What would it be like to be a farm region without farmers?

Lindsey Lusher Shute

Lindsey Lusher Shute

A friend of mine recently directed me to a Tedx YouTube video of this dynamic young farmer, Lindsey Lusher Shute, who happens to be the Executive Director of the National Young Farmers Coalition.  In her talk, Building a Future with Farmers, Lindsey compared the revenue from her 25 acre vegetable farm with a corn operation which used to occupy the farm before she and her husband bought the land. Today, her vegetable farm generates over $425,000 and provides full or part-time work to nine residents, who also help stimulate the local economy by spending their money on local goods and services.

Lindsey said that if her farm were still a corn farm, it would earn about $25,000 and would generate about $750 in labor costs. Her message is that farms that sell farm products back to their local communities give back a whole lot more.

We need both commodity farms and non-commodity farms. After all, most of us consumefarm photos 006 corn, soybean, and wheat products. Without commodity crops in the last decade, most fields in Southern Maryland would have been empty.  However, a farming region with only commodity crops cannot support as many farmers.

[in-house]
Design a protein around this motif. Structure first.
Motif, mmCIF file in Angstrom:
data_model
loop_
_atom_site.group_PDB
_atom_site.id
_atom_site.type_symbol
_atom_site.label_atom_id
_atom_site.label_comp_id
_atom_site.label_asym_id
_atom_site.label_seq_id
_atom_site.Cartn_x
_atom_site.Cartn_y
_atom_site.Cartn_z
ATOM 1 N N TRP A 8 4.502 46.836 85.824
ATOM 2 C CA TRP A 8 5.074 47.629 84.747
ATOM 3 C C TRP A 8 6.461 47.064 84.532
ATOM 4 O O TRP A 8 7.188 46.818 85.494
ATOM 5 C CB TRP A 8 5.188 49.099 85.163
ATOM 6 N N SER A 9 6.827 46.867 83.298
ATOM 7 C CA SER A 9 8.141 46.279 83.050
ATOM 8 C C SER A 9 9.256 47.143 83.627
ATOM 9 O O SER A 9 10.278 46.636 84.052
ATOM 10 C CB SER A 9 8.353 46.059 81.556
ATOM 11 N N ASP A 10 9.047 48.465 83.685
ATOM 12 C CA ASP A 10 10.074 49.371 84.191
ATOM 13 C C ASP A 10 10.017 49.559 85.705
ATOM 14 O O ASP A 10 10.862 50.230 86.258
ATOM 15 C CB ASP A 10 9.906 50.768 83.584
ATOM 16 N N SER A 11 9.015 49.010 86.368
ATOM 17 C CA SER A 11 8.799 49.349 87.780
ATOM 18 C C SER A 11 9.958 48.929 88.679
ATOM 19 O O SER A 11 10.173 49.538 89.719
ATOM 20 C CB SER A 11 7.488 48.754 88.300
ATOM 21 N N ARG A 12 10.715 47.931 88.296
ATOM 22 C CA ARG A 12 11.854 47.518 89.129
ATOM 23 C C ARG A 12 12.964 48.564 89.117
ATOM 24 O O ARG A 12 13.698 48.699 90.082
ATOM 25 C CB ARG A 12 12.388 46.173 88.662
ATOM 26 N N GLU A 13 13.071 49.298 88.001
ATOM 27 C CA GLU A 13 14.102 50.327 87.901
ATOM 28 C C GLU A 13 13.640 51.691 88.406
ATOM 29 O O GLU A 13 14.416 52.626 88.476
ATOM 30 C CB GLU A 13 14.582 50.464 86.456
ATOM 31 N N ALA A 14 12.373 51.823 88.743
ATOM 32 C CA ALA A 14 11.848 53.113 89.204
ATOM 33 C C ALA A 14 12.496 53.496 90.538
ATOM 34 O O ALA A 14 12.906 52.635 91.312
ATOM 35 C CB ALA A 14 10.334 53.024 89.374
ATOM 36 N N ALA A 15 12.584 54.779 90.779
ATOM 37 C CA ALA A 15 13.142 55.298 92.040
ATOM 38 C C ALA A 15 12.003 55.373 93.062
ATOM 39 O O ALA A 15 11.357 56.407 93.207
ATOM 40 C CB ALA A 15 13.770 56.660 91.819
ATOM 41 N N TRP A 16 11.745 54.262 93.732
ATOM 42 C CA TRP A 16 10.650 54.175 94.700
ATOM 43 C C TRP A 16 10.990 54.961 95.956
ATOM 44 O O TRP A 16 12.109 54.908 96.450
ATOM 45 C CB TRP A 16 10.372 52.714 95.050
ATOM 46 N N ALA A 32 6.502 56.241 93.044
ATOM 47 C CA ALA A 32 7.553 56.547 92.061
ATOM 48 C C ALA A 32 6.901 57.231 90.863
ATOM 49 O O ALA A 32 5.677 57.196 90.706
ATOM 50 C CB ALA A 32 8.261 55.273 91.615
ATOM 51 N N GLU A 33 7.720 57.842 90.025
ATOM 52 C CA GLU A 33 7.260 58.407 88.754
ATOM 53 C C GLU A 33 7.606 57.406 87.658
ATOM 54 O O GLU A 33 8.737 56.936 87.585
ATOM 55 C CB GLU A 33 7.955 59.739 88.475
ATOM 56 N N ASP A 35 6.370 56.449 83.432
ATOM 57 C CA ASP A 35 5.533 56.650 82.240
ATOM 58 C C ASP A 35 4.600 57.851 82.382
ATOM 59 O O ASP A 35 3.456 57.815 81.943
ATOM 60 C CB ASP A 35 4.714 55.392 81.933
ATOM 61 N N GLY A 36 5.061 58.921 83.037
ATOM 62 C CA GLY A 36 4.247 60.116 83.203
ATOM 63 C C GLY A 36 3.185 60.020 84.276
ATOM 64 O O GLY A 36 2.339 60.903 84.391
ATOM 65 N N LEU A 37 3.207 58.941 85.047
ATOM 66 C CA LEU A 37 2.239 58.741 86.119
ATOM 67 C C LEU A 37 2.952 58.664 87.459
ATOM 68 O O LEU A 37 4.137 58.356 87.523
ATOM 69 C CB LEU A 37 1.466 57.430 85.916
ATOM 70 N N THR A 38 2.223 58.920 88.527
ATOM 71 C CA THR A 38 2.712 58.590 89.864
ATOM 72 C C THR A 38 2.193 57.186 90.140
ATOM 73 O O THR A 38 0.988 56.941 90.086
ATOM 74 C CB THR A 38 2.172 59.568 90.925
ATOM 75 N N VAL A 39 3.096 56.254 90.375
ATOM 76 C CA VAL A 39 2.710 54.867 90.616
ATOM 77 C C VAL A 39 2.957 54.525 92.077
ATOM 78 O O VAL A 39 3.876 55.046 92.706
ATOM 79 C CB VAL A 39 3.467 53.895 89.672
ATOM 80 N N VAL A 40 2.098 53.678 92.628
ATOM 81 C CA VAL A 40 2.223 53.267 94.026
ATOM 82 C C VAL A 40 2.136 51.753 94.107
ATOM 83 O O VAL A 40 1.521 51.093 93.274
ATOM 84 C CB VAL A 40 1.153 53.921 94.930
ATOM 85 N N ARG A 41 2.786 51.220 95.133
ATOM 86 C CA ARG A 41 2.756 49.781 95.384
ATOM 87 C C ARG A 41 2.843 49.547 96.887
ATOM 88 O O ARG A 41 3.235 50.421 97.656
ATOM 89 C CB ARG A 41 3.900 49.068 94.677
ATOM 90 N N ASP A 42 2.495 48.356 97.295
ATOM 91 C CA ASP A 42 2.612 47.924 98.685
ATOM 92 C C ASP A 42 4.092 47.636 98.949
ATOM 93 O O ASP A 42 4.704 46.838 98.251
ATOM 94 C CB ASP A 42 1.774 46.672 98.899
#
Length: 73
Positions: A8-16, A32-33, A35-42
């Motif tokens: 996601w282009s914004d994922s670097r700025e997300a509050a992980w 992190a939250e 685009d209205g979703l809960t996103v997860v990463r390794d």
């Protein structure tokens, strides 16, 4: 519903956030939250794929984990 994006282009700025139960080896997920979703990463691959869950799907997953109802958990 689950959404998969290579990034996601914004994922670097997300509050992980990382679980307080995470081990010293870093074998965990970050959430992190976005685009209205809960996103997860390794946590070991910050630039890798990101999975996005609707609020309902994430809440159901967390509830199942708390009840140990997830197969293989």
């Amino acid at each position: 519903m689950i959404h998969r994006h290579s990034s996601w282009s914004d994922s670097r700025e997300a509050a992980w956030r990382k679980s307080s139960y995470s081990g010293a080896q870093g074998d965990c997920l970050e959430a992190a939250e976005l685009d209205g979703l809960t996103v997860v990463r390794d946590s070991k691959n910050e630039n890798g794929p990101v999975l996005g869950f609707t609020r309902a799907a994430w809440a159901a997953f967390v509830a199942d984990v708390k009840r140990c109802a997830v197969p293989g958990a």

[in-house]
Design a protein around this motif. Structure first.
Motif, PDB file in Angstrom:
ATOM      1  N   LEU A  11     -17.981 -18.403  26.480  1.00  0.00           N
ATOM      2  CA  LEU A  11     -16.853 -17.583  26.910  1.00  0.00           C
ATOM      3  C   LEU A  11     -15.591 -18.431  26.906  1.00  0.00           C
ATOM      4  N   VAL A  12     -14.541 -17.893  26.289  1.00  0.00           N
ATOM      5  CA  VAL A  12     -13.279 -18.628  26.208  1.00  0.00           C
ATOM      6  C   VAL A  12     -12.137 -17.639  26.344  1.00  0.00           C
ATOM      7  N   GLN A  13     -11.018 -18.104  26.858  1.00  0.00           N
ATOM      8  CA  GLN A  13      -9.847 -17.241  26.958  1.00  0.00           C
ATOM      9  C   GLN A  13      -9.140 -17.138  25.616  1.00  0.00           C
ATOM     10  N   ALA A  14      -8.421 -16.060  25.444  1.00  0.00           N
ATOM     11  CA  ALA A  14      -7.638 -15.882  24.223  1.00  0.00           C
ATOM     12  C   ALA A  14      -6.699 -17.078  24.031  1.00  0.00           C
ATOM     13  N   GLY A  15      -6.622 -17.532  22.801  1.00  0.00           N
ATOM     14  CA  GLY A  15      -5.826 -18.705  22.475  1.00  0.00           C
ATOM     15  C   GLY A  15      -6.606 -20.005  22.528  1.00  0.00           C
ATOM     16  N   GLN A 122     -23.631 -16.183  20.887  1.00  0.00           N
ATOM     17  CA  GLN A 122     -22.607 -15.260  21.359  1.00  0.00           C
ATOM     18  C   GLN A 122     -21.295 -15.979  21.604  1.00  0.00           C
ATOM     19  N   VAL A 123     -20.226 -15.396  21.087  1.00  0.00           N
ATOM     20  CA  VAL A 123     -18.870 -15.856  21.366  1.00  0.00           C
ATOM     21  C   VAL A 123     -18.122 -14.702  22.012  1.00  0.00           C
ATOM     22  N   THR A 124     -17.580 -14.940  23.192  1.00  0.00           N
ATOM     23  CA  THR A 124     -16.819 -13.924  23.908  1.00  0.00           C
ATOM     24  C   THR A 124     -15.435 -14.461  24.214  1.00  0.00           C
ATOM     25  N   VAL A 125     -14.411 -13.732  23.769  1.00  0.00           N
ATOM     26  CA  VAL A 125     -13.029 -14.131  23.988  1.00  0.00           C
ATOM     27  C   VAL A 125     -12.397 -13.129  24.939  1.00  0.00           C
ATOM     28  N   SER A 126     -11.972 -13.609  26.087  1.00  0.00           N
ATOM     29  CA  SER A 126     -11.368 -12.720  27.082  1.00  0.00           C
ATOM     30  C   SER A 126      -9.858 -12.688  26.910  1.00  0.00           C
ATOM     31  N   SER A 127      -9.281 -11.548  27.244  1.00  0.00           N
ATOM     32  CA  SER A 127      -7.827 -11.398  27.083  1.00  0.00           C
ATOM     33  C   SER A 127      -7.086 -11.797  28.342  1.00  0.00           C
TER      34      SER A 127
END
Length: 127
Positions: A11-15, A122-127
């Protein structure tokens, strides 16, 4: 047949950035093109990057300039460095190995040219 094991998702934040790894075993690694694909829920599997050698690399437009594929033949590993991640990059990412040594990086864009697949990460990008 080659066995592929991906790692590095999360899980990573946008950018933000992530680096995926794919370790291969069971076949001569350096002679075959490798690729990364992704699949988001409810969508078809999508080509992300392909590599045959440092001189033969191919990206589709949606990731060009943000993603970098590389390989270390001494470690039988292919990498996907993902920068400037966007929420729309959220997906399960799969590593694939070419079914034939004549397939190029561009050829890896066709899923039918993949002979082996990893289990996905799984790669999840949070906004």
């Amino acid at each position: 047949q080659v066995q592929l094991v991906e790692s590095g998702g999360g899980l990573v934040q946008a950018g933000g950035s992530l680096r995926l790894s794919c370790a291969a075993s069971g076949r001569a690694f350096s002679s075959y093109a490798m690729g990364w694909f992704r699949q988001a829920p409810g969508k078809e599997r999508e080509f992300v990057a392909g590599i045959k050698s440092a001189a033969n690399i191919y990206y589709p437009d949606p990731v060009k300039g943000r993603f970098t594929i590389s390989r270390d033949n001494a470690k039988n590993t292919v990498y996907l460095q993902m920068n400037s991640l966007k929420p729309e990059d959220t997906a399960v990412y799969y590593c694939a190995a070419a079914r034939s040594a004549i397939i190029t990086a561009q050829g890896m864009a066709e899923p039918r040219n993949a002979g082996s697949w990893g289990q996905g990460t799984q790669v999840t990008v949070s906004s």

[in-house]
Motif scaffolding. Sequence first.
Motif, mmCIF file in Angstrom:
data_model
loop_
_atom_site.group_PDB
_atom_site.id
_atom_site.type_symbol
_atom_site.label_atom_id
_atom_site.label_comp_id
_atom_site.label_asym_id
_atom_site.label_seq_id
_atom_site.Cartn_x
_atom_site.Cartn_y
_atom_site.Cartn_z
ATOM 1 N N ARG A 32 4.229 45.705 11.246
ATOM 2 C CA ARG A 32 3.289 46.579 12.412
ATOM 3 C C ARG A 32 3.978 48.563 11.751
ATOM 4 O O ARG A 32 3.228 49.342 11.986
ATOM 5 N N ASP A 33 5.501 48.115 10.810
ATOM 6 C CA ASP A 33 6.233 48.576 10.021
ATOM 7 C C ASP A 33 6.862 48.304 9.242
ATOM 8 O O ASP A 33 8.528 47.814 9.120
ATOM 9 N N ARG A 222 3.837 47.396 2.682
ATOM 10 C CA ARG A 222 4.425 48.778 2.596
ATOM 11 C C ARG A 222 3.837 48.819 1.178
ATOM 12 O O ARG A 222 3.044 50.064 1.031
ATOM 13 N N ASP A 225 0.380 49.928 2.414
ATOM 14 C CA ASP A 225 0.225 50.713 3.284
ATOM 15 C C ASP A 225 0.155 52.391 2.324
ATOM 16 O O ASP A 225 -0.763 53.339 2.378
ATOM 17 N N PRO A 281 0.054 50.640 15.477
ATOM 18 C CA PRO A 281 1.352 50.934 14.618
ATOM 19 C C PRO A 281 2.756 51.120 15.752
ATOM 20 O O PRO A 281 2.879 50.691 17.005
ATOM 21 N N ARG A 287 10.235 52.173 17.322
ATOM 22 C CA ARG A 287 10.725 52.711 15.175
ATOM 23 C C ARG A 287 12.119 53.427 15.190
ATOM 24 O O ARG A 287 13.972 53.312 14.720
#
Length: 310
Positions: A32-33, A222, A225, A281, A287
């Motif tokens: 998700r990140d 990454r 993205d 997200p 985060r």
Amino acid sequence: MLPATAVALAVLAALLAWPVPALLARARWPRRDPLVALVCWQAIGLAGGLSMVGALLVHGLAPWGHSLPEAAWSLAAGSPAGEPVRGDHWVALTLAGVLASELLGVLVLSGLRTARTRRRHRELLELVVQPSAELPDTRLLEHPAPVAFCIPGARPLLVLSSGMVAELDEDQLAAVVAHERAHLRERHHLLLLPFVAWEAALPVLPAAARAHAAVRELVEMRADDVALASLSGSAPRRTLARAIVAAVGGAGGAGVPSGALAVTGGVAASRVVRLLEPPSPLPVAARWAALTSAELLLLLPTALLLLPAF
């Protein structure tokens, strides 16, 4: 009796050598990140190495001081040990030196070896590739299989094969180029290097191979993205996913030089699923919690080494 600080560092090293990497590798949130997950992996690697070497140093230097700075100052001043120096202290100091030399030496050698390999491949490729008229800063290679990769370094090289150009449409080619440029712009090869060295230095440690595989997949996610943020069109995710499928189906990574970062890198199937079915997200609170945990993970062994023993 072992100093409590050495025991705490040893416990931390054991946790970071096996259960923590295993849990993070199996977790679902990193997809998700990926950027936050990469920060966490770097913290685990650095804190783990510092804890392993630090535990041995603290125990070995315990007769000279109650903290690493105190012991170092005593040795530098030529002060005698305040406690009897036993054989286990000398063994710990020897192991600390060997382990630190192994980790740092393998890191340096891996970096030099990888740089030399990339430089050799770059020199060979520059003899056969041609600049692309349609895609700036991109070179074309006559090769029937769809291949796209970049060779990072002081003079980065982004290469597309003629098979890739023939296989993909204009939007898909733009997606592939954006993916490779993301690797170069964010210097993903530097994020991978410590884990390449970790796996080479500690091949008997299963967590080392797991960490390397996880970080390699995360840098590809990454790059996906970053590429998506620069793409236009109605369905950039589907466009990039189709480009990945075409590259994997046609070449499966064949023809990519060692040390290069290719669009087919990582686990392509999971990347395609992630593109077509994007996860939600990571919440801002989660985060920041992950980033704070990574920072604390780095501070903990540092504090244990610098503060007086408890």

I liken it to our family farm during my youth. We grew many more acres of corn, wheat, and rye than tobacco. Tobacco required much more labor, but it was the money crop. Without it, my uncle and father could not have farmed full-time.

The push for farmers to “get big or get out” did not originate with family farms. It was a movement that started with major agricultural businesses and was supported by federal policies in the early 1970s. In an interview with Curt Arens in 2007, former USDA Secretary Bob Bergland noted that, “For as long as I can remember, farm legislation highlighted as a stated goal, to save the family farms. We found out commodity programs had just the opposite effect. The fewer larger farms received most of the income and the much larger number of family-sized and smaller farmers had little or none.” Nearly all Maryland farms are family-sized farms.

Chesapeake's Bounty

Chesapeake’s Bounty

Federal farm policy continues to adversely impact family farms today. Maryland agriculture needs  commodity farmers. It also needs table-crop farmers (produce, beverage, and meat producers) who sell locally and tap into the $26 Billion food budget of the residents in our metropolitan region. Let’s hope that the buy-local food movement can help to revitalize the farm economy and build a Future with Farmers. And lets hope that the new farm bill supports both commodity and table crop producers.